A man uses an ICICI automated teller machine (ATM) in New Delhi, India, March 5, 2016.REUTERS/Adnan Abidi

As many as 29 lakh debit cards came under malware attack in India last year through ATMs that were connected to a switch provided by Hitachi Payment Services, according to the country's finance ministry.

Commercial banks operating in India have reported that 2.9 million debit cards were used at various ATMs that were connected to the Hitachi switch which was subjected to malware attack, Santosh Kumar Gangwar, the minister of state for finance, revealed in a report submitted to the parliament on Friday.

However, he also said that the number of compromised debits cards as reported to the Reserve Bank of India (RBI) was only 3,291.

"RBI has informed that Hitachi Payment Services (HPS) appointed SISA Infosec for PCI forensic investigation. The final report suggested that the ATM infrastructure of HPS was breached and the data between May 21 and July 11, 2016 were compromised, but not the POS (point of sale) infrastructure," Press Trust of India quoted Gangwar as saying.

Meanwhile, the RBI is said to have advised banks to take adequate measures to improve customer awareness with regard to cyber security, including educating customers on the downside risk and consequences of sharing their login credentials with others.

According to Gangwar, the central bank set up a Cyber Security and IT Examination cell within its Department of Banking Supervision in 2015, and had also issued a comprehensive circular in June last year covering best practices to better defend against cybercrimes.

Despite all the efforts by authorities worldwide, cybercriminals continue to deploy malicious software to steal money from ATMs. With over 432,000 ATMs installed worldwide, the risk is growing even further.

Here're five ATM malware families that enable crooks to launch both physical and remotely coordinated attacks on cash machines:


First discovered in 2009, Skimer is believed to be the first malware to target ATMs. Once successfully installed, it infects the core of an ATM, giving cybercriminals full control over the machines to withdraw all the funds or collect confidential data from cards used in the infected machines, including customers' bank account numbers and PIN codes.

According to Russia's Kaspersky Lab, 49 modifications of the Skimer malware have been identified so far. The most recent version was discovered in May last year.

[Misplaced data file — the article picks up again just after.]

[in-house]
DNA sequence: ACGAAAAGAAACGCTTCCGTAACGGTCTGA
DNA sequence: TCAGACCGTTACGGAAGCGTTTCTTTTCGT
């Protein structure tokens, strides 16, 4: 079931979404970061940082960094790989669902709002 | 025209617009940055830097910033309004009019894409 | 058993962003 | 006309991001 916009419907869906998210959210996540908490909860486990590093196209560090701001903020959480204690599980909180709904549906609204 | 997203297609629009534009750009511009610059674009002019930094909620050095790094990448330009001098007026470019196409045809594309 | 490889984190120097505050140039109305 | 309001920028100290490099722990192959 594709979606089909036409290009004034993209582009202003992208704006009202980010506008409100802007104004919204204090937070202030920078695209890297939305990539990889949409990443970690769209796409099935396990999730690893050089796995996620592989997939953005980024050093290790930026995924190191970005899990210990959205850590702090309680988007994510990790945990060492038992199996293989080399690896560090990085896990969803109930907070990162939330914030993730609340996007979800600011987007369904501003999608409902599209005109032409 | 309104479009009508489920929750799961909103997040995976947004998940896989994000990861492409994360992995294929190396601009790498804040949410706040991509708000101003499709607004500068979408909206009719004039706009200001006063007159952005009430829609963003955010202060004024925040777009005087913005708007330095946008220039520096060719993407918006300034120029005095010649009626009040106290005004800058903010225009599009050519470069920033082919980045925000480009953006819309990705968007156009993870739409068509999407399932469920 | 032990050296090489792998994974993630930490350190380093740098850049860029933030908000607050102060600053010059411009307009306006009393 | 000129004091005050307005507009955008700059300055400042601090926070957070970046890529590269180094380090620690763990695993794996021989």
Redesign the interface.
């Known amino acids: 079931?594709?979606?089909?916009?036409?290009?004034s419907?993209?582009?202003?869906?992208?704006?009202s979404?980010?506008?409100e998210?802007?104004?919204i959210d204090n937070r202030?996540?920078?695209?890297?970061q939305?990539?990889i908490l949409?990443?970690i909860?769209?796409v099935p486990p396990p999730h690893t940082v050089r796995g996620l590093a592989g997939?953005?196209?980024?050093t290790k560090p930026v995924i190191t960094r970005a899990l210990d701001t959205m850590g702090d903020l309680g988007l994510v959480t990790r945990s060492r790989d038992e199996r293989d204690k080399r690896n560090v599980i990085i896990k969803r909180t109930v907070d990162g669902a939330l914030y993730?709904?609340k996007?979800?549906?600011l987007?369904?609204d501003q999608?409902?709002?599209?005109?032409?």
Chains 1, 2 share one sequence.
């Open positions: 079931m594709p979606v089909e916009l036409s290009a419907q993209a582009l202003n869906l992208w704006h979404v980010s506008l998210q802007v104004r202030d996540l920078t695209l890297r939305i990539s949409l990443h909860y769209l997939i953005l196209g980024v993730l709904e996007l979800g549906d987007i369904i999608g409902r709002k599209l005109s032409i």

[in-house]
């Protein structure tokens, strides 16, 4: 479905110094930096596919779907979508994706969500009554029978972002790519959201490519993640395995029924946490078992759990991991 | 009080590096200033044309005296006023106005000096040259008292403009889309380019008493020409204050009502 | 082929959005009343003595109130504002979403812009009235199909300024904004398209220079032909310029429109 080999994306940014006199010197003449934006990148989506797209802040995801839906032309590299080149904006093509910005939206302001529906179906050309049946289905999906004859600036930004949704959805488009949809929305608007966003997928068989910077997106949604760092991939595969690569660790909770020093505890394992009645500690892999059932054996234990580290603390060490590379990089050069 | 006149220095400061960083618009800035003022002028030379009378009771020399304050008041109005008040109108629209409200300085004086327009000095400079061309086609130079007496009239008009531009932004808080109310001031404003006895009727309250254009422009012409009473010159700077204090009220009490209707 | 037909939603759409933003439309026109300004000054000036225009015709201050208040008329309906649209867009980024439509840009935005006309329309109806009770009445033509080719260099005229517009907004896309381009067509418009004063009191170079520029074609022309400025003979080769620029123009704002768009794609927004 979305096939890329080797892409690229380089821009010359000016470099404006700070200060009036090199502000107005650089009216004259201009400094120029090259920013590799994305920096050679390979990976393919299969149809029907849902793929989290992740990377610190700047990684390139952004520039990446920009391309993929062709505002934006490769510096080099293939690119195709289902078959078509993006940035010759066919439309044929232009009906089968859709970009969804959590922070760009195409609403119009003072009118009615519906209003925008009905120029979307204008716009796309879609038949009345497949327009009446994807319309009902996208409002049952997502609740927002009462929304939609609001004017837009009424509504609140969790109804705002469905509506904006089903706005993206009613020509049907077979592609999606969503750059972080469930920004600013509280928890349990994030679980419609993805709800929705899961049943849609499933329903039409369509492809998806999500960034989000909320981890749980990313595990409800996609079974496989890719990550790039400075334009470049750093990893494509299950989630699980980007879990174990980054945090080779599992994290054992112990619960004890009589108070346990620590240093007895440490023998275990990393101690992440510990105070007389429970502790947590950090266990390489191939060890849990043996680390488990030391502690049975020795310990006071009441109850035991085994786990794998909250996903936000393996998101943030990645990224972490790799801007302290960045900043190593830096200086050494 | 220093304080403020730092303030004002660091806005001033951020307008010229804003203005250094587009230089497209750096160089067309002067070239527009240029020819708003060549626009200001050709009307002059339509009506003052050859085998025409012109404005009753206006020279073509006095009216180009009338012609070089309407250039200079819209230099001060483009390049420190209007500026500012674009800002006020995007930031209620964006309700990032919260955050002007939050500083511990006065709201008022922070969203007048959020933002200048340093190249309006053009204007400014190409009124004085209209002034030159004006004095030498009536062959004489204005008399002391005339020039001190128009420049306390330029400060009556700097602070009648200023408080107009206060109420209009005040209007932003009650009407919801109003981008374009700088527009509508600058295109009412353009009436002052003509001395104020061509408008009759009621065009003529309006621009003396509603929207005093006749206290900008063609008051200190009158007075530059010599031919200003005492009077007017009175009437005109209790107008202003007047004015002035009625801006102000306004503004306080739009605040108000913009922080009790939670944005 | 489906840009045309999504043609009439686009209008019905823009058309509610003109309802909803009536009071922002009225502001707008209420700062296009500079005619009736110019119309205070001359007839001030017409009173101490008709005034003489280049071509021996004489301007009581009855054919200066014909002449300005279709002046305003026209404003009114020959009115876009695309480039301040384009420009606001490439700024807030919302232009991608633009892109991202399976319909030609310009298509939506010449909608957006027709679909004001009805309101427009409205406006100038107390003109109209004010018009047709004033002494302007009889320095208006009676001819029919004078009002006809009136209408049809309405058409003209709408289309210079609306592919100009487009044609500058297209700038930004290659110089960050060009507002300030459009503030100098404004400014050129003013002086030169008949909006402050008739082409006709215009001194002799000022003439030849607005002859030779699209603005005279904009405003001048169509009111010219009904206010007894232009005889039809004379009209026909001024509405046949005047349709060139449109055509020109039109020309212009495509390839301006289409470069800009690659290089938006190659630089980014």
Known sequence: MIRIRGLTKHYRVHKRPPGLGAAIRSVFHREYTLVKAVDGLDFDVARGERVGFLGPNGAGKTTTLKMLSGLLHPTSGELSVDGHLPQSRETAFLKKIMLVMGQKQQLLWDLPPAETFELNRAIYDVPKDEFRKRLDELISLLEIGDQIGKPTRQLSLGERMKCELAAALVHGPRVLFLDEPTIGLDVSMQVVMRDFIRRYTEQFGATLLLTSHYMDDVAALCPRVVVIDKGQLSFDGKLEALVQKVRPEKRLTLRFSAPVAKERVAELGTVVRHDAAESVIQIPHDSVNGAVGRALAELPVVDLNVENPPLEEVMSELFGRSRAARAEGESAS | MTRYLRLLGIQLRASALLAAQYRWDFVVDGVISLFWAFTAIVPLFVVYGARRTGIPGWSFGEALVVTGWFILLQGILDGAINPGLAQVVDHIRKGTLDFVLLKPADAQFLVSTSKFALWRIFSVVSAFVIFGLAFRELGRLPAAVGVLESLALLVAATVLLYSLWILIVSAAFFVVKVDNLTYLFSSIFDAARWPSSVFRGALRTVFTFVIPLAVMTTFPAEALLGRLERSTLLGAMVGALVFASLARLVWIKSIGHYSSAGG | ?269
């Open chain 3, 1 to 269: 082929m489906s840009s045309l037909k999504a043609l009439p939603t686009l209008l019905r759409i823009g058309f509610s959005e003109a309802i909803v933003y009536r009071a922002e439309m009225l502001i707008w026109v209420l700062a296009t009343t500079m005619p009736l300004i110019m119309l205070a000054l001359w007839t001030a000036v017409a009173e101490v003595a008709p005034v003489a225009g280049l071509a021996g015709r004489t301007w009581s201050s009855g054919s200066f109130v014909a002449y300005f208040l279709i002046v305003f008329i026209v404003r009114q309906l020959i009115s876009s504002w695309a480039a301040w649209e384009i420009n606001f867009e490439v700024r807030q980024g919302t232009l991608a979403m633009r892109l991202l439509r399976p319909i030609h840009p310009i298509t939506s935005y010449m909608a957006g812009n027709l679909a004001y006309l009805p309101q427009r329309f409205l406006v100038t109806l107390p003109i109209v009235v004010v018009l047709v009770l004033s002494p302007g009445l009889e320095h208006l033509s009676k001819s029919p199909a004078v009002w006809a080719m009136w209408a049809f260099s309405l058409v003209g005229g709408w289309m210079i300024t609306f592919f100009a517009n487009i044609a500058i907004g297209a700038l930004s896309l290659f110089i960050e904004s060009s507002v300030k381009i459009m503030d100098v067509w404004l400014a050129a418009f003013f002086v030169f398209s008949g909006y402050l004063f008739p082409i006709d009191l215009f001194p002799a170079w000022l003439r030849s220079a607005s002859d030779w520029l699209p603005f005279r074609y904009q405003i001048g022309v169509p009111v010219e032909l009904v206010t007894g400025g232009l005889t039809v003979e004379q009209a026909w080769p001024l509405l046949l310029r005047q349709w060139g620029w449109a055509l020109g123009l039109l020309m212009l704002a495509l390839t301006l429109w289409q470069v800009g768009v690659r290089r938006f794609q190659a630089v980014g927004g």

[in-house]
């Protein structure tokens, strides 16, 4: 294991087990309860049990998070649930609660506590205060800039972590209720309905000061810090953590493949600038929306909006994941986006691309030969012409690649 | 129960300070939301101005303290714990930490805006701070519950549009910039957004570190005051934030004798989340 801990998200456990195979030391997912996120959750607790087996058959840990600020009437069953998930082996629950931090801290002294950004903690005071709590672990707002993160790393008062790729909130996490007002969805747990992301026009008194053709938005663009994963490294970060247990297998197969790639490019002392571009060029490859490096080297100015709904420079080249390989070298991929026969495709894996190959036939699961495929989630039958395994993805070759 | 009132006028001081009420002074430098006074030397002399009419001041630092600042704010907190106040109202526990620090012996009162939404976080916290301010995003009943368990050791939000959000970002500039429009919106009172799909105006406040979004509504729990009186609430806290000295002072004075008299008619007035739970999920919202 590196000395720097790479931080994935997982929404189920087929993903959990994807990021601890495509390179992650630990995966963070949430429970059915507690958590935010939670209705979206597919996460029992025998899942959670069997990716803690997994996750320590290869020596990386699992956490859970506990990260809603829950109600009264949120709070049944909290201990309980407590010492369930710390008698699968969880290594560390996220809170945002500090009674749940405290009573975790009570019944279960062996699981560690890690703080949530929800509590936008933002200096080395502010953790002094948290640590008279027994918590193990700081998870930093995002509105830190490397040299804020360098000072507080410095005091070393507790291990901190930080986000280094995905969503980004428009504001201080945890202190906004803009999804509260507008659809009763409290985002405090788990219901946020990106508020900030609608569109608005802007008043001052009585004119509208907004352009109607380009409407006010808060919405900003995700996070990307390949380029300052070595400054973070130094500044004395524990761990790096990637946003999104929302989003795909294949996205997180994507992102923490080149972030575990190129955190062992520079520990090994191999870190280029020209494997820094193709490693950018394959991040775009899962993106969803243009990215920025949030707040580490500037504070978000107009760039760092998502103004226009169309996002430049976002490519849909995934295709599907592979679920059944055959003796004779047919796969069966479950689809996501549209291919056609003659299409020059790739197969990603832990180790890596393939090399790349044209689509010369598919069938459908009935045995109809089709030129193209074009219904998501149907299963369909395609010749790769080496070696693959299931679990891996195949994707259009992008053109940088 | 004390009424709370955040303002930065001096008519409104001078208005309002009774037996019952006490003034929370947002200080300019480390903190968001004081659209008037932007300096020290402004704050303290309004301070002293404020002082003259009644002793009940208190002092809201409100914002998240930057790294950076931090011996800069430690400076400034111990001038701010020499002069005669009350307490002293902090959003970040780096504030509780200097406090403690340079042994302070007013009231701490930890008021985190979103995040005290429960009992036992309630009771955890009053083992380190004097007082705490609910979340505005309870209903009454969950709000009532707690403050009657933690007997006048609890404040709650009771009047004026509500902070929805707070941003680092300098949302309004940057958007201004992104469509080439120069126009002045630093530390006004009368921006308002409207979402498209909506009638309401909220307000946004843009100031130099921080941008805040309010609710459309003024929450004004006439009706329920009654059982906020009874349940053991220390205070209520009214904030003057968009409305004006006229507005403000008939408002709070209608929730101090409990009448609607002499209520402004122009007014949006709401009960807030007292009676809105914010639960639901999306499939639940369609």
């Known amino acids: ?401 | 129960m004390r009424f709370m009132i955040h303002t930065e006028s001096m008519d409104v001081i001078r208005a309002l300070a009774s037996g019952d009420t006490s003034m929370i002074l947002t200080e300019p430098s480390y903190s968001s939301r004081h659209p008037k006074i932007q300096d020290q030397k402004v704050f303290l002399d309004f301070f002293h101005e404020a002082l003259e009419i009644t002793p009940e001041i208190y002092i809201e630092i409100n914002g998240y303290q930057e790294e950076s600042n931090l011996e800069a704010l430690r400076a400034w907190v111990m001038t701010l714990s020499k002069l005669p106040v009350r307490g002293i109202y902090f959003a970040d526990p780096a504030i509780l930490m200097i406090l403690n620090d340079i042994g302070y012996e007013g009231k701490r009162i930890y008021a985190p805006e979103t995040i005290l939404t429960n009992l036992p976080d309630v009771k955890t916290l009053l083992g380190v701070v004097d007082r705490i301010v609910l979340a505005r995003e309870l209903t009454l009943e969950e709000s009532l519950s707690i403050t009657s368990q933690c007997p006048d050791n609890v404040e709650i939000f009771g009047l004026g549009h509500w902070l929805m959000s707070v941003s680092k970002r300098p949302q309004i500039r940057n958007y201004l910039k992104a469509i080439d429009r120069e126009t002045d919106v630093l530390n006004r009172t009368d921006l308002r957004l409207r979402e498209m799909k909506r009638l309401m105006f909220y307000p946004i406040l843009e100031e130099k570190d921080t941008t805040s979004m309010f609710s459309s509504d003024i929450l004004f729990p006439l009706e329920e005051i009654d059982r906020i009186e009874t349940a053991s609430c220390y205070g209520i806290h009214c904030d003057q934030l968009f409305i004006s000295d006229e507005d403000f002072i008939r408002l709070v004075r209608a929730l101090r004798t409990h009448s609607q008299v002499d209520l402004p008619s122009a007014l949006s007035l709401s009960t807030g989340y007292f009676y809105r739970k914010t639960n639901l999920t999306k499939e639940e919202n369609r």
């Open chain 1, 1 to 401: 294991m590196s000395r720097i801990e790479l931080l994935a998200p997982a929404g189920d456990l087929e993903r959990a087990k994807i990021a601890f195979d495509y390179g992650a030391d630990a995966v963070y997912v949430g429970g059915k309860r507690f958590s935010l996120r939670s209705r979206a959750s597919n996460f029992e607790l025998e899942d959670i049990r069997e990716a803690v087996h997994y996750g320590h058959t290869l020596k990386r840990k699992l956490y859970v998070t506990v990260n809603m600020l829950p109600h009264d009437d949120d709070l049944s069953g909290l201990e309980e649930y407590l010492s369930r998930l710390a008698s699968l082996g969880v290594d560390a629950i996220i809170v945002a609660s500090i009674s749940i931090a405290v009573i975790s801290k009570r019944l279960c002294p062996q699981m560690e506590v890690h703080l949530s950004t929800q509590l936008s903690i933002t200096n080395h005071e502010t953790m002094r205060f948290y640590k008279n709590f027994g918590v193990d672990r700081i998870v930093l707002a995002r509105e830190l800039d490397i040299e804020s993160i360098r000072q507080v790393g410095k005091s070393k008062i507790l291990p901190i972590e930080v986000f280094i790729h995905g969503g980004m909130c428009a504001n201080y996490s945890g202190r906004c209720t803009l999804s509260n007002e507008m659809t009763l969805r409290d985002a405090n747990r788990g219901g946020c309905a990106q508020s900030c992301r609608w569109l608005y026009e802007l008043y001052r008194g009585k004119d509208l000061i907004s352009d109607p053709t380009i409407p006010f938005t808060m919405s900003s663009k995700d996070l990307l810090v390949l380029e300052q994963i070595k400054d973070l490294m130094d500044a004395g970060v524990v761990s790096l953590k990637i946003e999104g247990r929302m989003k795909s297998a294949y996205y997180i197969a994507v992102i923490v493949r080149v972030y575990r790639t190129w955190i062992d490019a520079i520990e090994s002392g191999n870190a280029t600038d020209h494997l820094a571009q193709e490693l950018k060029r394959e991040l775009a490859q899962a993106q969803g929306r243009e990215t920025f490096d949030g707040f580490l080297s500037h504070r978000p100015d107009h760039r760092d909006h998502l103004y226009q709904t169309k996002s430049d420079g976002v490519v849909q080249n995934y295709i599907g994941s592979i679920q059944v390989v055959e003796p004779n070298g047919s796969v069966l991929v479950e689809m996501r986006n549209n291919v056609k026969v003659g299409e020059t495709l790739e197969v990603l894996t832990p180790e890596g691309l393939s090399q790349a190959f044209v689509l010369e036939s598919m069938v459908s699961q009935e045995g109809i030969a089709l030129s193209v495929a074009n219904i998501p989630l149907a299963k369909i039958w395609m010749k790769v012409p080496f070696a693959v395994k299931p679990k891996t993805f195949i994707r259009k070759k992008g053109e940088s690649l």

Here's a video of Kaspersky Lab illustrating the Skimer malware in action.


Believed to be created in August 2015, Suceful is equipped with some shocking features that are not found in any other ATM malware. It targets cardholders, and can save debit card details on infected ATMs, disable alarms, and even read the debit card tracks.

Attackers can use Suceful to read data from a card's chip, and even steal physical cards by commanding the machine to retain the card.


First discovered in 2013, Ploutus malware requires the attackers to have physical access to the ATM to connect a keyboard to it. The malware can also allow money mules to withdraw cash using SMS messages.

In January, a new variant of the Ploutus ATM malware was identified. Dubbed Ploutus-D, the new variant targets ATMs running on Windows 10, Windows 8, Windows 7 and XP. It has a different interface and features a "Launcher" that can identify and terminate security monitoring processes.


Believed to have been around since 2014, Alice enables criminals with physical access to the ATM to make the machine spit out cash. The crooks first get access to one of the ATM's USB or CD-ROM slots to install the malware. After that they connected a keyboard to interact with the ATM's software.

Unlike other malware families, Alice targets the ATM's cash dispenser module. Since it doesn't connect to other ATM-specific hardware, criminals cannot issue any commands via the PIN pad.


During a forensics investigation into cyberattacks targeting ATMs in Eastern Europe, Kaspersky Lab discovered a piece of malware that was in use to help attackers drain the ATM cash cassettes. Although the malware, identified as Tyupkin, was active on over 50 ATMs at banking institutions in Eastern Europe, subsequent research revealed that it spread to other countries, including the US, India and China.

Tyupkin, which comes to life only at a specific time at night, has evolved over time. Its latest variant is capable of implementing anti debug and anti emulation techniques.